The exemplary sealed fuel level sensor 10 includes at least one, preferably a plurality of, terminals 52 operatively supported by the frame 28. The terminals 52 are made of a conductive material. The terminals 52 are generally rectangular in shape. The terminals 52 are insert molded to the frame 28 and extend longitudinally from one end of the frame 28. The terminals 52 are electrically connected to the solder pads of the ceramic resistor card 48 and are connected by wires 54 (FIG. 1) to the electrical connector 18.

The exemplary sealed fuel level sensor 10 includes a cover 56 to enclose the cavity 36 of the frame 28. The cover 56 has a base wall 58 extends radially and has a generally circular shape. The base wall 58 also includes an aperture 60 extending axially therethrough and communicating with the cavity 36. The cover 56 includes a side wall 62 being generally annular and extending generally perpendicular from the base wall 58. The side wall 62 is disposed in the groove 38 of the frame 28 and secured thereto by a suitable mechanism such as press-fitting. The side wall 62 may include a chamfer 64 on an outer portion thereof. The side wall 62 may also include a projection 66 extending radially and axially. The projection 66 is disposed in a slot 68 of the second side wall 34 of the frame 28 to locate the cover 56 relative to the frame 28. The cover 56 is made of a plastic material and formed as a monolithic structure being integral, unitary and one-piece. In alternative exemplary embodiments, the cover 56 may allow a limited amount of fuel to enter the cavity 36.

The exemplary sealed fuel level sensor 10 includes a seal 70 disposed between the cover 56 and the frame 28. The seal 70 is generally annular and circular in cross-sectional shape. The seal 70 is of an o-ring type and made of an elastomeric material. The seal 70 is disposed in the groove 38 of the frame 28 between the side wall 62 of the cover 56 and the first side wall 32 of the frame 28.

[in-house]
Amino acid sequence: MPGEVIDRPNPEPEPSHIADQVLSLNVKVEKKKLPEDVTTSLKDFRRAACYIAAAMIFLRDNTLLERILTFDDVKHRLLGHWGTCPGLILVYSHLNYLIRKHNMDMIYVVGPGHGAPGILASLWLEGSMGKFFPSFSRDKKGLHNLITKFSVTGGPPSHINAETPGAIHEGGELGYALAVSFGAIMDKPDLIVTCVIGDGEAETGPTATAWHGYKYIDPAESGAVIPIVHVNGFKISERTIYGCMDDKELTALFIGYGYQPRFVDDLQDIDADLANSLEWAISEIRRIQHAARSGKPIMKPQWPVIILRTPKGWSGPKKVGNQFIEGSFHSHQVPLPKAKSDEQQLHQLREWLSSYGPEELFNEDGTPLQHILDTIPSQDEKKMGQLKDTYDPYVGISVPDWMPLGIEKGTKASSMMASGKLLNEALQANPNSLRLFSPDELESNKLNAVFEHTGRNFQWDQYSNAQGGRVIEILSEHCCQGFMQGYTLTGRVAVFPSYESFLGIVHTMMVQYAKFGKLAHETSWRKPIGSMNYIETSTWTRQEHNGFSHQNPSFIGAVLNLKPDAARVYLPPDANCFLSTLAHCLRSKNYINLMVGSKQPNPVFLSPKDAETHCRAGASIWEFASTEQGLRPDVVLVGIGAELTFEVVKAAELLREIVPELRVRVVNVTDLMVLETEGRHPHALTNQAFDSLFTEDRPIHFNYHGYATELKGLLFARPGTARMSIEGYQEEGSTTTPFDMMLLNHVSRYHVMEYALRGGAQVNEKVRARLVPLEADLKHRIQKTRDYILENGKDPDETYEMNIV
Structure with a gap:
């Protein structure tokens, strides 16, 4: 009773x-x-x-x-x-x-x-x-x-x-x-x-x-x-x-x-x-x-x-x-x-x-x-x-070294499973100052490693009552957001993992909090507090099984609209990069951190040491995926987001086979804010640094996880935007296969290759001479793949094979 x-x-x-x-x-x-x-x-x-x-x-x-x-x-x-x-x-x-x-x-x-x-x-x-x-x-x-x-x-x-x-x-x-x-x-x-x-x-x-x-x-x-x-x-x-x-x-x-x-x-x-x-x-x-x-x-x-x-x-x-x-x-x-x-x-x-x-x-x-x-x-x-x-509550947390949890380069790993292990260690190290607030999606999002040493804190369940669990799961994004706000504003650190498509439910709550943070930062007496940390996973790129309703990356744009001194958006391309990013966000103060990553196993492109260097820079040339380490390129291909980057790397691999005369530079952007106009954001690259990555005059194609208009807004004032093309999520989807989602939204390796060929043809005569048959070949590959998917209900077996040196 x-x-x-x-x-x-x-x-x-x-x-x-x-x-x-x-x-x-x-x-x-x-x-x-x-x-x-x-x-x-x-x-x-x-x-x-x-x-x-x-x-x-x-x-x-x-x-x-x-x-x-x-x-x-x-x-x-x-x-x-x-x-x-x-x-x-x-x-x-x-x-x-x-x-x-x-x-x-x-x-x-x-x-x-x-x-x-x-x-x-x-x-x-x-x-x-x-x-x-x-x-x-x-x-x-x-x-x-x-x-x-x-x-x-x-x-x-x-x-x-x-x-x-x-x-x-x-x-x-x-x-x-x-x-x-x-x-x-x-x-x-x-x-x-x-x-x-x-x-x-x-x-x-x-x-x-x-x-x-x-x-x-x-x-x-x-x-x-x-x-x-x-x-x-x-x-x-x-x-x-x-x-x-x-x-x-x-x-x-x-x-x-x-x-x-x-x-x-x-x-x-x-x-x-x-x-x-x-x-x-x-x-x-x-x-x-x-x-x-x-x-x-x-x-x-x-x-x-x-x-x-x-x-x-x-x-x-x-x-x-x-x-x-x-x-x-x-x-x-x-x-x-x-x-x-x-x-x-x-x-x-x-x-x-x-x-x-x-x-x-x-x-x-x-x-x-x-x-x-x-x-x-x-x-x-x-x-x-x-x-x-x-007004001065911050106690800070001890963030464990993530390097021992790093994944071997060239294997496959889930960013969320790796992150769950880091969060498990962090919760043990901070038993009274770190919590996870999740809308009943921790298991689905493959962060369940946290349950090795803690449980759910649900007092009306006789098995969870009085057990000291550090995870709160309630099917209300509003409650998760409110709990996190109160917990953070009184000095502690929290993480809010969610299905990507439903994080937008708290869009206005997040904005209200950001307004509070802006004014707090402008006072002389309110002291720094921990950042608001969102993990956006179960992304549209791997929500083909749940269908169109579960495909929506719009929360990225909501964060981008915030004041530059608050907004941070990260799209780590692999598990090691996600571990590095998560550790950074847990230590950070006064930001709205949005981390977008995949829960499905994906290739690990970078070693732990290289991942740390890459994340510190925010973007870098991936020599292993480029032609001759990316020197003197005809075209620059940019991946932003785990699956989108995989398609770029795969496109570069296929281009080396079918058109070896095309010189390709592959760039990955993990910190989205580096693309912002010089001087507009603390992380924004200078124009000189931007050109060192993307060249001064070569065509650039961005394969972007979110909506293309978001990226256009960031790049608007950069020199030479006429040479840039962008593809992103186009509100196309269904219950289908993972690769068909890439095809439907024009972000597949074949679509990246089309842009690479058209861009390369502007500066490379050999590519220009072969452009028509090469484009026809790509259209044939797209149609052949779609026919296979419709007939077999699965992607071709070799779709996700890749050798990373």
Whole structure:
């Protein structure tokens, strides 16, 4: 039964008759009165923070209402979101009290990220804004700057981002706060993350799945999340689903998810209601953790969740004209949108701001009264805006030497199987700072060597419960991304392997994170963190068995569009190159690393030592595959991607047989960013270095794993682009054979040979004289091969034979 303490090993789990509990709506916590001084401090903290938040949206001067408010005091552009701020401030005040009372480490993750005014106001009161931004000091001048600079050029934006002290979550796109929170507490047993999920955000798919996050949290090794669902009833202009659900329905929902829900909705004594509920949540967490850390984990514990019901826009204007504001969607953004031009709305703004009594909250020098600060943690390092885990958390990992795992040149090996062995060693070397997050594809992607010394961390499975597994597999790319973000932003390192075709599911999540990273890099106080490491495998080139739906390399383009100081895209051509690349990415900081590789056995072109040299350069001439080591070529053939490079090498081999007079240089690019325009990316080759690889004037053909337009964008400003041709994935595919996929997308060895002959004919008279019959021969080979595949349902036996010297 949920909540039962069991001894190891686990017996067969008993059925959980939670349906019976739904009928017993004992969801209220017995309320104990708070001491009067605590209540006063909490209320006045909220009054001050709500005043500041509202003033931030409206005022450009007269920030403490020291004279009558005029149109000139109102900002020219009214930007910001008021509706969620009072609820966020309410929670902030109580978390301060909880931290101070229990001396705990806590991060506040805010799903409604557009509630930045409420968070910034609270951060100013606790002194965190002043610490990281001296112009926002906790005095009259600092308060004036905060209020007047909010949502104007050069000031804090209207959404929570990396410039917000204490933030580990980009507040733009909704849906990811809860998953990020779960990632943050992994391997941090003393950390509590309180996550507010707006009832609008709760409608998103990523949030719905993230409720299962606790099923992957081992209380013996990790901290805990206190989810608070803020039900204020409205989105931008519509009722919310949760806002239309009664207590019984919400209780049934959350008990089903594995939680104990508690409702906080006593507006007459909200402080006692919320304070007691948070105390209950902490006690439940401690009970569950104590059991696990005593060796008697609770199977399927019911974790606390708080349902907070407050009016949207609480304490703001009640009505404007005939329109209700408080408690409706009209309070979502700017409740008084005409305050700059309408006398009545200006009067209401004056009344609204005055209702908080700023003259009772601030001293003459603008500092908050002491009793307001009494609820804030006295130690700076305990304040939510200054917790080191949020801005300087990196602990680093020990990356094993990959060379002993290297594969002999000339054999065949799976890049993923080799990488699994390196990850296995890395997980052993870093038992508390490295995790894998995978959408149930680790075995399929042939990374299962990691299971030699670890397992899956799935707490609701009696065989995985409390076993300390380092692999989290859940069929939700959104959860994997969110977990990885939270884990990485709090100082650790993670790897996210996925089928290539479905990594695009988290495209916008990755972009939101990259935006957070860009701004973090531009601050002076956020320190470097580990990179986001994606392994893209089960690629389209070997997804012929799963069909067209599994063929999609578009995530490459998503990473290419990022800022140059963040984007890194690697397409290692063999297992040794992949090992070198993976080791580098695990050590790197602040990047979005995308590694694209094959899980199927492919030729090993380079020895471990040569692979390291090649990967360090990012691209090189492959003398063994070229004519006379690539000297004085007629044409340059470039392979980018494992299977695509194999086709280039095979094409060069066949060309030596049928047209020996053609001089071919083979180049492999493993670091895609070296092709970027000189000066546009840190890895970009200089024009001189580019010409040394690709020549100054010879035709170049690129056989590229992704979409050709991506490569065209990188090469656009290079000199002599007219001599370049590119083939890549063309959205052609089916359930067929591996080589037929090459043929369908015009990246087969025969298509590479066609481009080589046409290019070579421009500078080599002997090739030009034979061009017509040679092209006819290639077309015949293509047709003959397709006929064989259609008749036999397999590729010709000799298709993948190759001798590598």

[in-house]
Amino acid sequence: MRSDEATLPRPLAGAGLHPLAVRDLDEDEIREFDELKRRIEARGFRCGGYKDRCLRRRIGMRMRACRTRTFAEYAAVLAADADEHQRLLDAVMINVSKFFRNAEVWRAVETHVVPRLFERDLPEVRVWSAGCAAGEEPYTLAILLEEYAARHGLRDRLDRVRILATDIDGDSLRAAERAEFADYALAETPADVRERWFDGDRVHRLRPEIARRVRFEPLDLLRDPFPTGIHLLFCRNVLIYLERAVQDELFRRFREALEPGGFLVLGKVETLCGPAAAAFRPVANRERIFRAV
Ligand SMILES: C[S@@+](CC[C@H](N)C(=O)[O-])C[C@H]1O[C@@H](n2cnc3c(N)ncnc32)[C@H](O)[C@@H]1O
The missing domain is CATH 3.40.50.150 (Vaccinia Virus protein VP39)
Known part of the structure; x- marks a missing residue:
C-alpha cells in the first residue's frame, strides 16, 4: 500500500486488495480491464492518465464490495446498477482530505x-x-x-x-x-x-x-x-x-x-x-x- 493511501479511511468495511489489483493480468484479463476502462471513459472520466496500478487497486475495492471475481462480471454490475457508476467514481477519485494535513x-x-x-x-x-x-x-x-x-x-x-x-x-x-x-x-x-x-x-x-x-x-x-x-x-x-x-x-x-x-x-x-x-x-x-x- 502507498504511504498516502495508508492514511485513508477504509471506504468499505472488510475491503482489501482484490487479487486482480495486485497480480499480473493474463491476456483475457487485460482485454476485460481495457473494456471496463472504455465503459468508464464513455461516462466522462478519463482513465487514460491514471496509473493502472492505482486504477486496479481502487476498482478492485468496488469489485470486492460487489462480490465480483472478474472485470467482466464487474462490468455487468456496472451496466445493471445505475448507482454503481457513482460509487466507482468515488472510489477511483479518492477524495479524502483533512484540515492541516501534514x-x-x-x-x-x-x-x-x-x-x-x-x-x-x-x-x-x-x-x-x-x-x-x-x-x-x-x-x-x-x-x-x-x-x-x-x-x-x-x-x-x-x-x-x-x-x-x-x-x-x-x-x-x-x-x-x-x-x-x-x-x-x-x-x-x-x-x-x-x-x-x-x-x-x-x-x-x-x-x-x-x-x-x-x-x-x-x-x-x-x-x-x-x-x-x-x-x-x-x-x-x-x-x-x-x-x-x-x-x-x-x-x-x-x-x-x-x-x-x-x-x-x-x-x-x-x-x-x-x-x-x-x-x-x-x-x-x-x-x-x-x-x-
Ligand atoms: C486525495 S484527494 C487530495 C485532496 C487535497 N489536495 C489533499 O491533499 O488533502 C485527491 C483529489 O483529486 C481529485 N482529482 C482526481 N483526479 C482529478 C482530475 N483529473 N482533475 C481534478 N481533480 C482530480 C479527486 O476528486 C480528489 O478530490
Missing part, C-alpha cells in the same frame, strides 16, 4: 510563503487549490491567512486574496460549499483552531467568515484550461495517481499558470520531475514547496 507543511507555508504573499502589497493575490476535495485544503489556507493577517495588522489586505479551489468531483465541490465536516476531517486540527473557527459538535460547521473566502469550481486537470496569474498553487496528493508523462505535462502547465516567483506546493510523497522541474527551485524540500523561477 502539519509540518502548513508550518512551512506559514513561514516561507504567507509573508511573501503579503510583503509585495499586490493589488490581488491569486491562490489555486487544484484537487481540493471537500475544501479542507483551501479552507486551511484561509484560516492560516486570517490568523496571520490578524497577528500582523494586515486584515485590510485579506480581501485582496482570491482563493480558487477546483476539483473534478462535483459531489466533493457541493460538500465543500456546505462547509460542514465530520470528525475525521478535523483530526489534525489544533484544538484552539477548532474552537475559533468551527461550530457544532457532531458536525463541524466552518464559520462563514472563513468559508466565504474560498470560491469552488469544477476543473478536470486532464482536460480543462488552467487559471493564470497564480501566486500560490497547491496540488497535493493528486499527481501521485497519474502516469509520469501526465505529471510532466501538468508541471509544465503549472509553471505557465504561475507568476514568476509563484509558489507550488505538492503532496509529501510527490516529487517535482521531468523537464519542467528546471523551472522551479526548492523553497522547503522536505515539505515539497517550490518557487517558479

The exemplary sealed fuel level sensor 10 also includes a bushing 72 disposed in the aperture 60 of the base wall 58. The bushing 72 has a shaft portion 73 extending axially. The shaft portion 73 is generally cylindrical in shape and has an aperture or bore 74 extending axially therethrough. The aperture 74 includes a lip seal portion 76 extending circumferentially about the aperture 74 to form a seal against a float arm 82 inserted into the bore. The bushing 72 includes a flange 78 extending outwardly from the shaft portion 73. The flange 78 is generally planar in shape and extends outwardly past the aperture 60 of the cover 56. The flange 78 includes a pair of posts 80 extending axially and spaced radially to limit movement of the flat arm 82. The bushing 72 is made of a conductive metal such as brass. The bushing 72 is formed as a monolithic structure being integral, unitary, and one-piece. It should be appreciated that the one-piece lip seal portion and bushing allows for ease of assembly. It should also be appreciated that the bushing 72 forms a seal around the float arm 82 while still allowing a wiper to be described to move freely in a dry environment.

As mentioned above, the exemplary sealed fuel level sensor 10 illustrated in FIGS. 2 through 4 includes a float arm 82 connected to the bushing 72. The float arm 82 is made of a metal material, such as a plated cold rolled steel for example. The float arm 82 is a rod that is bent with one end disposed in a cavity (not shown) of a float 84 and another end disposed in the aperture 74 of the bushing 72. The sealed fuel level sensor 10 includes a float 84 (FIG. 1) connected to the float arm 82. The float 84 is generally rectangular in shape and has a cavity (not shown) in one end to receive one end of the float arm 82. The float 84 is made of a floatable material having a density less than a density of the fuel. The float arm 82 is inserted through the bushing 72 and is press fit into a wiper assembly to be described, allowing for the rotation and function of the contacts on the conductive ink of the ceramic resistor card 48.